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How to Decorate a Rustic Home

According to Rustic Decorating, a firm specializing in rustic décor, the rustic motif includes a blend of many distinct decorating fashions. County, Western, primitive and cottage styles all fall beneath the rustic umbrella. But, despite stylistic variances in rustic layout, there are some overarching commonalities that specify the rustic style. Focusing on those rustic decorating basics, even a first-time decorator can successfully produce a trendy rustic house space. You don’t even should pigeonhole your design scheme into a specific rustic genre; simply by following the fundamentals, you’ll end up with a cohesive, inviting house.

Paint the walls with muted earth tones. Browns, greens, tans and other earthy colors will make a warm, rustic look for any interior space. For kitchens and bathrooms, use white or off-white to make a fresh, crisp space. Just make certain you accent these white spaces along with other rustic things to add continuity to your overall home decorating scheme.

Accent the space with rough-hewn trim. If the room has existing trim, then strip the paint off , rough up the surface with adhesive and paint it a dark earth tone compared with the wall color. Wood used in rustic decorating ought to be unfinished and rough-looking whenever possible, according to Cottage Home Decorating. If you are going to put in a polyurethane coating into your rough wood for extra durability, then it ought not give off a noticeable sheen. Consistently make use of matte finishes in rustic decorating; those finishes will provide sufficient surface sealant and protection, but they won’t be overly shiny or noticeable.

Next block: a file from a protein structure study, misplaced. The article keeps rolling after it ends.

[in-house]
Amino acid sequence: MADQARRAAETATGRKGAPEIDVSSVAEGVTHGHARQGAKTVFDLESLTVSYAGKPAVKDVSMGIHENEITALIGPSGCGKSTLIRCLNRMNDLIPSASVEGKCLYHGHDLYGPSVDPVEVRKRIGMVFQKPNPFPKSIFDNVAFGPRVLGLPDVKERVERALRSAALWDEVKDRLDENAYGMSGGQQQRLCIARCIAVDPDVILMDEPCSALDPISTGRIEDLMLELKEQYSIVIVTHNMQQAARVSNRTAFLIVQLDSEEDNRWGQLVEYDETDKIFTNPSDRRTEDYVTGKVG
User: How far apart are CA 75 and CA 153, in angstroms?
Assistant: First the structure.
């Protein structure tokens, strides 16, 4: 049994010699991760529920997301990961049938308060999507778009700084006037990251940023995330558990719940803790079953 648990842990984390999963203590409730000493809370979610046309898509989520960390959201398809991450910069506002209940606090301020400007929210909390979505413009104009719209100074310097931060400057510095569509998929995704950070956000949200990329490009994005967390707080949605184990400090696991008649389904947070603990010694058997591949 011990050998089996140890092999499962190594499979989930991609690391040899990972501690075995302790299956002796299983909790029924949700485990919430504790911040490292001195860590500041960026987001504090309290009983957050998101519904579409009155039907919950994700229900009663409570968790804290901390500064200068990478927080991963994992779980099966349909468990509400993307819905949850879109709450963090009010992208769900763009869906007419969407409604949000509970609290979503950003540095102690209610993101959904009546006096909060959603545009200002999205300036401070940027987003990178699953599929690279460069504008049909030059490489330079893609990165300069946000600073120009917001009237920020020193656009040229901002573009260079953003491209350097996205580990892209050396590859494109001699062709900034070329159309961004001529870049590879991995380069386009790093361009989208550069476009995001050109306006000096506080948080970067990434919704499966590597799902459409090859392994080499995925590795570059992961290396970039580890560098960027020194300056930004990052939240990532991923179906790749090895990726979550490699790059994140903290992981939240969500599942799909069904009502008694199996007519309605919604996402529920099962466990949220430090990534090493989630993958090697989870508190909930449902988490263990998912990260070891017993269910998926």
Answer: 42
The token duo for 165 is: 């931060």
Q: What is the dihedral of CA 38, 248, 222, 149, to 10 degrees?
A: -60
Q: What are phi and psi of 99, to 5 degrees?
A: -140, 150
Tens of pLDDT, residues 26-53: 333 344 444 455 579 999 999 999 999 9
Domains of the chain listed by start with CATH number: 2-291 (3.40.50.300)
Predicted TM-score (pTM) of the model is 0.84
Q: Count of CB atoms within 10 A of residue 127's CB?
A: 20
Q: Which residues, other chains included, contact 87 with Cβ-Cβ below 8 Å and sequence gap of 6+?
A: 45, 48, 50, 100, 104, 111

Use dark, deep-hued furniture to contrast with the muted earth tone walls. Most things in a rustic decorating scheme ought to be earth tones. However, to prevent the space from becoming monotone, you’ll want to use contrasting muted and deep colour palettes. In addition to dark coloring to assist the furniture stand out, you’ll want to use furniture with big billowy cushions or demanding wooden structure. The big cushions will help make rustic asymmetry, and some other wooden elements with add to the rustic, log-cabin vibe.

Light the room with big floor lamps or dangling lights. Rustic style usually features wrought-iron, distressed-metal or rough-hewn timber fixtures.

Accessorize with panoramic art or nature-themed knickknacks. Landscape prints and other naturalistic scenery help make a rustic aesthetic for your house. Additionally, creature knickknacks are ideal for a country kitchen, and these accessories are also useful in other rustic room themes, states HGTV. Bringing outdoor elements into your home will help make a rustic feel.